invests in the power of image making to investigate real-life issues during escape from domestic abuse. Intersecting an art project with research topics, it curates textual and visual output from participative work with survivors and different publics to form exhibitions which disseminate findings and uncover emerging lines of research.
We get in and out, but you are staying there, at the beginning of your difficult path for change. We sometimes feel that we did not thank you enough for opening up and sharing your stories with us, despite the notion that we are a bridge for sharing them with the rest of the world.
This is our work, meaning it is as much yours as it is the research team’s. We felt it was another unfair happening in your lives that you could not be present in the public exhibitions, having your authorship recognised, collecting all the deserved compliments for your beautiful work.
We are not sure that you will all see this, and that you will have the chance to see the photographs of the interaction of our participative work with the public. In case you browse for some information you might arrive here. And then we want you to know that we haven’t forgotten you. We will go on remembering your faces, your voices, your feelings, and also the joy of doing art side by side.
Our connection is contained in the work. We will go on together.
Participant 1, Personal Idiosyncrasy, Blind contour portraits of others.
Participant 3, Personal Idiosyncrasy, Blind contour portraits of others.
Participant 6, Personal Idiosyncrasy, Blind contour portraits of others.
Participant 2, Personal Idiosyncrasy, Blind contour portraits of others.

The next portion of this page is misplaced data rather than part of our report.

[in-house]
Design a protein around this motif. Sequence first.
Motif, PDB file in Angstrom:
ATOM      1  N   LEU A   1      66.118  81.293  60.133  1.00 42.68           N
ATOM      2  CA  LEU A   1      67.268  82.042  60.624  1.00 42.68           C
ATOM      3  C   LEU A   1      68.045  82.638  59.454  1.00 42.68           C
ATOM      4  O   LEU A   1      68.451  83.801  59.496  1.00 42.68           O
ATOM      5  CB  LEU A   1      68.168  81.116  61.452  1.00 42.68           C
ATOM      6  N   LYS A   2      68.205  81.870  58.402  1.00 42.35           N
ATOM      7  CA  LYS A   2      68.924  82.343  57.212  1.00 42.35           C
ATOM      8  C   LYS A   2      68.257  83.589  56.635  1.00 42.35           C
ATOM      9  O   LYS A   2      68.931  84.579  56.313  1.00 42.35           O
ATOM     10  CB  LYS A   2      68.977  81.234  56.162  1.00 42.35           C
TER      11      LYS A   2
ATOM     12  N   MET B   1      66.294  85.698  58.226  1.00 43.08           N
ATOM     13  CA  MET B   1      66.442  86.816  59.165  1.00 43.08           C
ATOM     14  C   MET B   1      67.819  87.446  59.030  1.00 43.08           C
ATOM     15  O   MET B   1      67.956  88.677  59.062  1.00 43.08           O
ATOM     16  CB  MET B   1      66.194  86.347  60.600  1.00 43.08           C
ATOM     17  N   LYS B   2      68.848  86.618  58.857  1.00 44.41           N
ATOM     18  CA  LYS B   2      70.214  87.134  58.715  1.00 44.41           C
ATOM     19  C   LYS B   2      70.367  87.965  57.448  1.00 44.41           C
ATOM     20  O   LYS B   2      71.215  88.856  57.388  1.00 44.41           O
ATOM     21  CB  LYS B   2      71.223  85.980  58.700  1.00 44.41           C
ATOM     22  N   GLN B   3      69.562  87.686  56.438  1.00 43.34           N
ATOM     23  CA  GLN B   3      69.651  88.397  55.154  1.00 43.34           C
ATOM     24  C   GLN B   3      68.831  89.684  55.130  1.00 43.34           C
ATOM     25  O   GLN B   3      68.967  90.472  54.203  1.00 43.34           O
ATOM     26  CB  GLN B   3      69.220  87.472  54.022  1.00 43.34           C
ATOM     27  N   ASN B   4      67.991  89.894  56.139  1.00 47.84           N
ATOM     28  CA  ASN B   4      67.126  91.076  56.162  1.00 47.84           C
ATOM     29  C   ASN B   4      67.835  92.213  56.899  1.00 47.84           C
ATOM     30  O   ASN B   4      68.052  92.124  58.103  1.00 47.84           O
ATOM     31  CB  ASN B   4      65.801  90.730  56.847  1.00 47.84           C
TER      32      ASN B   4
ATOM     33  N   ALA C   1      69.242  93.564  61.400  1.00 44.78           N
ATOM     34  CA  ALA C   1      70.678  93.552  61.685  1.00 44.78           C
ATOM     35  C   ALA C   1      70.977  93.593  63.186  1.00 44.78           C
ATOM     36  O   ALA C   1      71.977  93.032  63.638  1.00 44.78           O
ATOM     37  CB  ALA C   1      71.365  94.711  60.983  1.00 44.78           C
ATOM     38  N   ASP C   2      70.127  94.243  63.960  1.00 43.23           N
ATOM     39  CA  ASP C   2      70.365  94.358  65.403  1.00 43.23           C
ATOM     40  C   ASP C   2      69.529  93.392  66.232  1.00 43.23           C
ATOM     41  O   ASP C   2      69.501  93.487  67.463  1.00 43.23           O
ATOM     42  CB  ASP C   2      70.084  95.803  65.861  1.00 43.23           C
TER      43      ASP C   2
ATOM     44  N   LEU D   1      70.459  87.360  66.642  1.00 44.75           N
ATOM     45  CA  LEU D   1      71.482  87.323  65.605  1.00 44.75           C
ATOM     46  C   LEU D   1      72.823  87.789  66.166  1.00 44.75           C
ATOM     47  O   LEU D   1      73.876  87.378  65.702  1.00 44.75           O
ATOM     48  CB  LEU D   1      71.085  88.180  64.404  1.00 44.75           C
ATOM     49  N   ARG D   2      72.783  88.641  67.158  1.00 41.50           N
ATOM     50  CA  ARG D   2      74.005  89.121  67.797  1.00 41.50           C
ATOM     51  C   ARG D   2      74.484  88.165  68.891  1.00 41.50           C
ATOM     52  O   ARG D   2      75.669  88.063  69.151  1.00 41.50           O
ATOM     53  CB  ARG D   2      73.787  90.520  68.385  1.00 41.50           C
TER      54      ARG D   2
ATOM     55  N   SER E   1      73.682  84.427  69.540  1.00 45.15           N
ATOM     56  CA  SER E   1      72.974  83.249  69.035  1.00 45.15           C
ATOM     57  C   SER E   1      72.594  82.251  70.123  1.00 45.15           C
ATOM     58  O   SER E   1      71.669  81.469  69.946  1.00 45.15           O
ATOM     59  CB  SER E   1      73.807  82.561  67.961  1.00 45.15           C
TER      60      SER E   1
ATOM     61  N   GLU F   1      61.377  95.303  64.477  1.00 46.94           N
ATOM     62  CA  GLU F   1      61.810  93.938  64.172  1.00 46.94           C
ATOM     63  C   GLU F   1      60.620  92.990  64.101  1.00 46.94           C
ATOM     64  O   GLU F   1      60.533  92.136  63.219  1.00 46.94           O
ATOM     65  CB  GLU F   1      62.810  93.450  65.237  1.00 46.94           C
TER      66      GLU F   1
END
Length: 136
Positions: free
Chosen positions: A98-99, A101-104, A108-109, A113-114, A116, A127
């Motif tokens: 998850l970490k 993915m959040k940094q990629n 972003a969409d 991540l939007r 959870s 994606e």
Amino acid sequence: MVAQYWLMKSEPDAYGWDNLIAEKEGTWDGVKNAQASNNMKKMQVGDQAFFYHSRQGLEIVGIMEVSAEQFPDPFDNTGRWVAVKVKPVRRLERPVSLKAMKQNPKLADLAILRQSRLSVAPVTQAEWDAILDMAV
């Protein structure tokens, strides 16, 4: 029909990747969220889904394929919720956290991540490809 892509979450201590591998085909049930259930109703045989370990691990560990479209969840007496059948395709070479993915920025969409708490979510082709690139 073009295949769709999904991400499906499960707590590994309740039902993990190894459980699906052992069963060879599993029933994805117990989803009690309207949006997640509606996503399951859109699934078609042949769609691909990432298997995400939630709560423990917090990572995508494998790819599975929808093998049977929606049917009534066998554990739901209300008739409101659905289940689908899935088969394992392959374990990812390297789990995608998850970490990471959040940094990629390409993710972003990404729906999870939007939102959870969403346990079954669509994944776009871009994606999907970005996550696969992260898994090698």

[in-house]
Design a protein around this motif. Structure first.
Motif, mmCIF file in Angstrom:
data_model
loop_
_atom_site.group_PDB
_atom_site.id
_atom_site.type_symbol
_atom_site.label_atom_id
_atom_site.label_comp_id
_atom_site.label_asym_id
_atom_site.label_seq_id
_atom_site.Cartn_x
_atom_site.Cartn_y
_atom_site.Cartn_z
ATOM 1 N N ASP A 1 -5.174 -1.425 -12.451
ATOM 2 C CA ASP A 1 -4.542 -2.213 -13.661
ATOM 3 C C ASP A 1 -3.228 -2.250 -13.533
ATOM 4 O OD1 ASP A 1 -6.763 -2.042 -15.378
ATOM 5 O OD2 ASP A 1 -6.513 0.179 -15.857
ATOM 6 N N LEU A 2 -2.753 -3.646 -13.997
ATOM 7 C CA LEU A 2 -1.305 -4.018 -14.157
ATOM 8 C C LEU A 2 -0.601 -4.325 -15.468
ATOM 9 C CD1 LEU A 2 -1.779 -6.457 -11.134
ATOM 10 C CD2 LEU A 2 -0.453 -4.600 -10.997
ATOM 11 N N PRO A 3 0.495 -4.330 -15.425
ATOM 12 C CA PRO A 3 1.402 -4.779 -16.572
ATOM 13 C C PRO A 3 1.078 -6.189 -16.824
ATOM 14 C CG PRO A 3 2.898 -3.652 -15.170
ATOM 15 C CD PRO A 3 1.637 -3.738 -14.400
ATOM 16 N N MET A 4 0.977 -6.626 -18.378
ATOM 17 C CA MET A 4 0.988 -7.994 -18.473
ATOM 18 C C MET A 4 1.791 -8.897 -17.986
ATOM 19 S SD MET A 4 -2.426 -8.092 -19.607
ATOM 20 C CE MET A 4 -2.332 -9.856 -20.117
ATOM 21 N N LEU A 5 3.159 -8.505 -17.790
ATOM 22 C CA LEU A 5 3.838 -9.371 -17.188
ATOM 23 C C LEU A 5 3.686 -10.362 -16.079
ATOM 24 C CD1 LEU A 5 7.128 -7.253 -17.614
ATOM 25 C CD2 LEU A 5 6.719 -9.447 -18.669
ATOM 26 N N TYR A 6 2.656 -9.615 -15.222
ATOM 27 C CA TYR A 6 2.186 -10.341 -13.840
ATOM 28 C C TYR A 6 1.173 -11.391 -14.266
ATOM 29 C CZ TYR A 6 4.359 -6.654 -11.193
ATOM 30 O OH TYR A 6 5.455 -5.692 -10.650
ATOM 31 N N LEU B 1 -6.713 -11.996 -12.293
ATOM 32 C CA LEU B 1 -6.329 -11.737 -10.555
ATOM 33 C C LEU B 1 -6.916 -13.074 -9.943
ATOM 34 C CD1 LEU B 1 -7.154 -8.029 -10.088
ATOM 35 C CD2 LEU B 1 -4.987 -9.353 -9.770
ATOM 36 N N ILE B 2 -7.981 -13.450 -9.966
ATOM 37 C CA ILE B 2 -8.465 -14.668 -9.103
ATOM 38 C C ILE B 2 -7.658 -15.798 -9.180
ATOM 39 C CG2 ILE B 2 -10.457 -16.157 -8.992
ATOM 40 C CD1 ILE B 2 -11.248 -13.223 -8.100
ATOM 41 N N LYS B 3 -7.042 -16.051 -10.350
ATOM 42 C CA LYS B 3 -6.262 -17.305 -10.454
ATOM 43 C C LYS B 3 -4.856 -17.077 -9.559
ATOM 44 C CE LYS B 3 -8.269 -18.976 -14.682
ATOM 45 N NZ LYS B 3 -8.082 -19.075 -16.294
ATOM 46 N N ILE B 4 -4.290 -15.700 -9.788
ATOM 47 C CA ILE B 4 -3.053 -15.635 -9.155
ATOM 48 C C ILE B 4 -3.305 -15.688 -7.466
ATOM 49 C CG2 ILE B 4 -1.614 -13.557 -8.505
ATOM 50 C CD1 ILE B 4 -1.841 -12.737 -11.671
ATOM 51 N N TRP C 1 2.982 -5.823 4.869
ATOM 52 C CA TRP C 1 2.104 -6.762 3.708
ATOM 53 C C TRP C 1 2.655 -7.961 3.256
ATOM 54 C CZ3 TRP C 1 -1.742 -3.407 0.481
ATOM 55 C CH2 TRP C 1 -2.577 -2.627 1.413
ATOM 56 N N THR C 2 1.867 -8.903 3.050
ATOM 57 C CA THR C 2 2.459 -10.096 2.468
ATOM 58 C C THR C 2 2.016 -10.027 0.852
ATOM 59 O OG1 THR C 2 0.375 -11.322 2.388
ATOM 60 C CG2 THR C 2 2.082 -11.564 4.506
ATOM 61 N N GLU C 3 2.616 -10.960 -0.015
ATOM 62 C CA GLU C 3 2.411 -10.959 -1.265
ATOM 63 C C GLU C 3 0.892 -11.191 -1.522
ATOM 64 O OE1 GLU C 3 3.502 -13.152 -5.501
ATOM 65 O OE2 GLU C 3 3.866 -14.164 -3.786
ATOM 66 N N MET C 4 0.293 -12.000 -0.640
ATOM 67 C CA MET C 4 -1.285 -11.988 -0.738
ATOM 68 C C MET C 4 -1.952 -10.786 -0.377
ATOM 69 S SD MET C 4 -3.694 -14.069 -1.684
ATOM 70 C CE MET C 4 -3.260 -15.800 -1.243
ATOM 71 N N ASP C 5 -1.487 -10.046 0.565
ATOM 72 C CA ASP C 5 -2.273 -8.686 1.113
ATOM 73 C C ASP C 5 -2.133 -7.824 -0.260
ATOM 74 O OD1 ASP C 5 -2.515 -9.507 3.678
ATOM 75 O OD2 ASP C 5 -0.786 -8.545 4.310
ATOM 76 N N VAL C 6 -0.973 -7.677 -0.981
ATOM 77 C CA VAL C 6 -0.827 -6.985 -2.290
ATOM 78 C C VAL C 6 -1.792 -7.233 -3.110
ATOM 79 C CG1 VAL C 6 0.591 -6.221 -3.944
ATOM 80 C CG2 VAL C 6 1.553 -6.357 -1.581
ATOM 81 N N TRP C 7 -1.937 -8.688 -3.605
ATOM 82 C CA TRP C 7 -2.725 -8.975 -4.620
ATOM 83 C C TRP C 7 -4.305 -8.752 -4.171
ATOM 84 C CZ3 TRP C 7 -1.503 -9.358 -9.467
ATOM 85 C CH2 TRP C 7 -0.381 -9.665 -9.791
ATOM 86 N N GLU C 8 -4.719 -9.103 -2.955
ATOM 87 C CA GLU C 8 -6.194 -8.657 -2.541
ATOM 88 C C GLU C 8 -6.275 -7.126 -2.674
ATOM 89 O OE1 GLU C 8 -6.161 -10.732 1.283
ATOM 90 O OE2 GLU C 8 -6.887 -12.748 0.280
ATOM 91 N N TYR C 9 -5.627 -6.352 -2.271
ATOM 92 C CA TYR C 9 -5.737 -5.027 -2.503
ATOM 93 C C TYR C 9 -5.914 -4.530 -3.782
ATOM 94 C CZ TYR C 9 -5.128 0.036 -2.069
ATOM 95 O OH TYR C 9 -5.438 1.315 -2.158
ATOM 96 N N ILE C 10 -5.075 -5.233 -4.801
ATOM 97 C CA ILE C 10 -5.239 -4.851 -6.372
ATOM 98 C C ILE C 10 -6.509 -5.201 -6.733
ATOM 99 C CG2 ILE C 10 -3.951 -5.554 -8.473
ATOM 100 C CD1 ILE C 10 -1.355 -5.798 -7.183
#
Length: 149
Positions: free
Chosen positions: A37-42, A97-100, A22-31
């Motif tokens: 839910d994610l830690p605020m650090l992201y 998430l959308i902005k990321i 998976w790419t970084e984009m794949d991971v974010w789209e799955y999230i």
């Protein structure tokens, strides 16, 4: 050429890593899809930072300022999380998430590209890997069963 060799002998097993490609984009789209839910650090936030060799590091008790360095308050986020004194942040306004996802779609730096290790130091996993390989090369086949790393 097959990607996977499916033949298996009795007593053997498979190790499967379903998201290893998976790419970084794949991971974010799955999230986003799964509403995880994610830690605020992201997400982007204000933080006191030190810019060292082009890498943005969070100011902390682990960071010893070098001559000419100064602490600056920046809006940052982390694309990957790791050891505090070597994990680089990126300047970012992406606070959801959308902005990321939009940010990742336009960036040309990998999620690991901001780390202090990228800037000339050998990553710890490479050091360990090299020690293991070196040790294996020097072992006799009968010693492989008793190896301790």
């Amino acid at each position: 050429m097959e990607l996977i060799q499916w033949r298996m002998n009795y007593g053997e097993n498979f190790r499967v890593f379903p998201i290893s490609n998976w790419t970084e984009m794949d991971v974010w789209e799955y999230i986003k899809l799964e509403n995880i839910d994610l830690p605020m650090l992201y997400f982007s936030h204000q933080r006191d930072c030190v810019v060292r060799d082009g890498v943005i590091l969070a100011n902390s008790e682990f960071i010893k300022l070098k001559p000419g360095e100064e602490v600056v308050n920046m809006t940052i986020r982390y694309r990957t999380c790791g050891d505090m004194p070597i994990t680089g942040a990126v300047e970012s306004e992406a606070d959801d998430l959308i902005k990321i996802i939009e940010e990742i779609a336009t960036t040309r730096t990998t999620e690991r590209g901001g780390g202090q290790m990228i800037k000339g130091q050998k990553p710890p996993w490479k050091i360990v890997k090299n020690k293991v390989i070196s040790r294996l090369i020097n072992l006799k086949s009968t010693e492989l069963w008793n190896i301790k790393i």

A collaborative possibility in anonymised portraits emerged from the fact that blind contour, a typical exercise in art classes, verifies that each person’s drawings are very similar to each other, while informing very little on the particularities of the subject. Highly idiosyncratic, blind contour displays the first attribute of style, presenting an inner self-portrait as a draftsperson. While being showcased within portraits of others it also sums up the idea that each character is affected by her social relationships, reacting to an environment.
This image-text symbolises several significant aspects met during the project: the scope of “objects” to mean general concepts; the necessity of anonymity, which implies names’ redaction; the resilience of self-esteem that triggers a step forward to escape abuse. The design of the postcard was a gift from the designer to the project.
There was not one single case in this chapter where a wanted object was something never experienced by the participants. In fact, all wanted objects overlapped with lost ones, or previous experiences they wished to repeat.